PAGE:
Bare Escentuals makes Bare Minerals foundation that is great for acne prone skin and now they have a NEW Matte foundation that is even better than the original (especially if you have oily or acne prone skin). They also sell a wonderful product in their RARE skincare line called BLEMISH THERAPY. Unlike acne meds with chemicals that burn and peel and dry out, it gently helps acne and blackheads disappear and reduce redness. If you use their cleanser (a powder form with oatmeal and rice bran) along with their preservative free (all products) moisturizer, it will help to PH balance your skin and clear it up.

  9. Katherine@SterlingMinerals Says:

    Hell Savvy,

    Though Paula Begoun is one of the leaders in consumer protection for cosmetics, it should be noted that she also carries her own line of products. I have watched her over the past 20 years and many of her initial reports have changed in regard to certain ingredients and this is obviously due in part to her beginning her own cosmetic line.

    Unfortunately since these two ingredients are not included in her line it is easy to make comments that are actually without fact. Researchers and Scientists including Medical practitioners know the actual cause of acne and if Paula was not intent on lambasting and ingredient to meet her agenda she would know that acne is not supported by an outside source of anything applied to the skin…Corn Starch has the capability of being occlusive to pores when it becomes damp or moist and left wet as in a jar, then yes it will grow mold or bacteria. But this is more likely to cause acne due to occlusion not a bacteria

    Rice Powder also when applied wet or moist is actually used in poultices for centuries in Ayurvedic medicine for healing and soothing bleeding pimples and skin ulcerations. It is not a food source for acne. Sebum in the blocked pore is what propionibacterium acnes thrives on and is its’ only food source, not any ingredient you apply to the face.

    It is also not a potential allergen, in fact, Rice powder is one of the leading starches Doctors recommend for those with grain allergies can eat as a substitute including rice milk and for those who must have a Gluten Free Diet. This is one of the most viable resources for those who cannot wear conventional makeup and is the reason it is one of our main ingredients in our mineral makeup and why it is also the only makeup our customers can wear after trying many.

  10. Linda Says:

    I just got some of Paula’s acne fighting treatment and I started breaking out worse. Just FYI these products contain several of the ingredients from your list of ingredients to avoid with high numbers. I do appreciate your advice on what make-up and cleanser to use. This has helped me tremendously. Thanks!

  11. Gina Says:

    I am allergic to corn starch and always have to look at ingredients. Its in most mineral makeups and is used as a filler to take up space cause it absorbs water. You have to pay more for the better stuff but its worth it. My questions is what is a good foundation for dry skin. I’m in my 40’s and have some acne on my forehead. I am going to start using a retinoid at night, but what about the makeup. Everything out there is so drying. And what about lotions that i can wear in day with spf but wont make me break out? So no cornstarch etc, nor drying makeups. any suggestions?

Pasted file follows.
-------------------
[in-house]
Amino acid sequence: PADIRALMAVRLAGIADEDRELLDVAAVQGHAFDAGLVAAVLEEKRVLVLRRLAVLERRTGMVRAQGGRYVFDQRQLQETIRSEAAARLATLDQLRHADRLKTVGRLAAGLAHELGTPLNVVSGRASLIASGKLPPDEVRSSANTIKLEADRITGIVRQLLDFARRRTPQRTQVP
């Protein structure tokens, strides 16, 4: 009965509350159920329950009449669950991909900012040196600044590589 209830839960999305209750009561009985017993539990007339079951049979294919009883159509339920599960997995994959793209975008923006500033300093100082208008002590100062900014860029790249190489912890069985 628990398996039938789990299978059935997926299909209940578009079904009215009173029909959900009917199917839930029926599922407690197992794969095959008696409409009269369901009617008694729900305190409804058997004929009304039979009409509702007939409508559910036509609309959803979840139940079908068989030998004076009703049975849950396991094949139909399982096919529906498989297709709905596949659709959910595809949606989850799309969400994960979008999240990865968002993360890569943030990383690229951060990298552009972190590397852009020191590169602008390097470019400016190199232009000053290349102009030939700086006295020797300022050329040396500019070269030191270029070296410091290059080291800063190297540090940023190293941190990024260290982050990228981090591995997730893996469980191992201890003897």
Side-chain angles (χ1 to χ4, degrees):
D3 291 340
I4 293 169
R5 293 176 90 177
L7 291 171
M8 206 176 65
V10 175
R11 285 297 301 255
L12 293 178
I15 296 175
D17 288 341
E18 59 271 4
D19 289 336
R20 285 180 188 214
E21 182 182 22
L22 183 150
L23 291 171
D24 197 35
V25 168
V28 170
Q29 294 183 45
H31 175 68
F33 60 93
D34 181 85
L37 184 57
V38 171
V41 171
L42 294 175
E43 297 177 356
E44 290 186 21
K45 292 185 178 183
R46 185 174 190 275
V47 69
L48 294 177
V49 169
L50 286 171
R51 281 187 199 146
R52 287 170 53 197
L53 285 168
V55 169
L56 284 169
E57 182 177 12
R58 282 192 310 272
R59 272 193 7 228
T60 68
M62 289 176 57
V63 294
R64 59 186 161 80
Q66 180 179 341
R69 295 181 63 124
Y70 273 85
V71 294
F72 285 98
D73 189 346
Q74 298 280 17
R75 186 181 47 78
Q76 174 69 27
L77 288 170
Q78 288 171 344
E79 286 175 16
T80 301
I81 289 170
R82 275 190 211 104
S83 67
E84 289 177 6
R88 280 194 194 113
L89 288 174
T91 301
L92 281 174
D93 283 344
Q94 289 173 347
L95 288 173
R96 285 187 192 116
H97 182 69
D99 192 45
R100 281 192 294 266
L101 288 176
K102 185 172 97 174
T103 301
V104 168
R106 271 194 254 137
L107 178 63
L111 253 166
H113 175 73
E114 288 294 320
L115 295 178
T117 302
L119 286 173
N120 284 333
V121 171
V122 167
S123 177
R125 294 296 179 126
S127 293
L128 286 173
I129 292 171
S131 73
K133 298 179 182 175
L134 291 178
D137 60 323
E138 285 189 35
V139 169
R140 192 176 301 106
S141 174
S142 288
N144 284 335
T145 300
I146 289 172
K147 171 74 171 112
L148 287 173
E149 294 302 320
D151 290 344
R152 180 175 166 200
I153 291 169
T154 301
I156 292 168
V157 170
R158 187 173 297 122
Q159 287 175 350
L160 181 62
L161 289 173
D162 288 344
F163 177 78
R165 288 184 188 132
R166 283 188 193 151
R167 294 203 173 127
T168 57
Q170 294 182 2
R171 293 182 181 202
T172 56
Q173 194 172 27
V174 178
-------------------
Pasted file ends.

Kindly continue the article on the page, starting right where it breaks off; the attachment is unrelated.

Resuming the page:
12. Cindy Says:

    I’ve used Cornsilk Powder for years, and recently started using Mattify Loose Powder – those both have cornstarch, but have not caused me any problems. My skin is VERY acnegenic, but when I use the Mattify Powder underneath my liquid foundation, I get hardly any breakouts at all. On the days I forget to use the Mattify underneath, I almost always get broken out a couple days later. It seems to protect my skin, rather than break it out. Maybe it just depends on personal sensitivity I guess. But, I am wondering if Rice Powder is the same as Rice Starch? Rice Powder is an ingredient in another Mattify product I want to try that is supposed to absorb even more oil, but now that I’m reading Rice Starch can cause breakouts – I’m curious to see if Rice Powder is the same thing? If I’m not allergic to cornstarch, the Rice Starch or Powder will probably be fine, but am curious if the Powder and Starch are the same.

  13. kris Says:

    can you please reccomend me a good concealer to cover up blemishes , that has wont cause acne?
    i want to get the pixi illuminating tint and conceal concealer but it has sodium chloride and pottasium chloride which i heard isnt good for acne prone skin:[

  14. Elizabeth Says:

    I love Paula Begeoun, but I don’t fully know where she’s getting this cornstarch, rice starch stuff from. When I was in esthetician school, our textbooks recommended corn starch on a few occasions, and after I researched my own acne, I read a lot about the benefits of rice powder. After reading an article on the Dermadoctor website, I ordered the T. Leclerc blushes and my acne vanished in days. I think it makes sense to be extra cautious about exposing these ingredients to moisture and complying by expiration dates, but I don’t see how there’s this instant bacterial growth going on. I searched through PubMed for hours one night and couldn’t pull up a single journal on the subject. Do you know of any sources that explain this? I can only find info that quotes Paula Begeoun.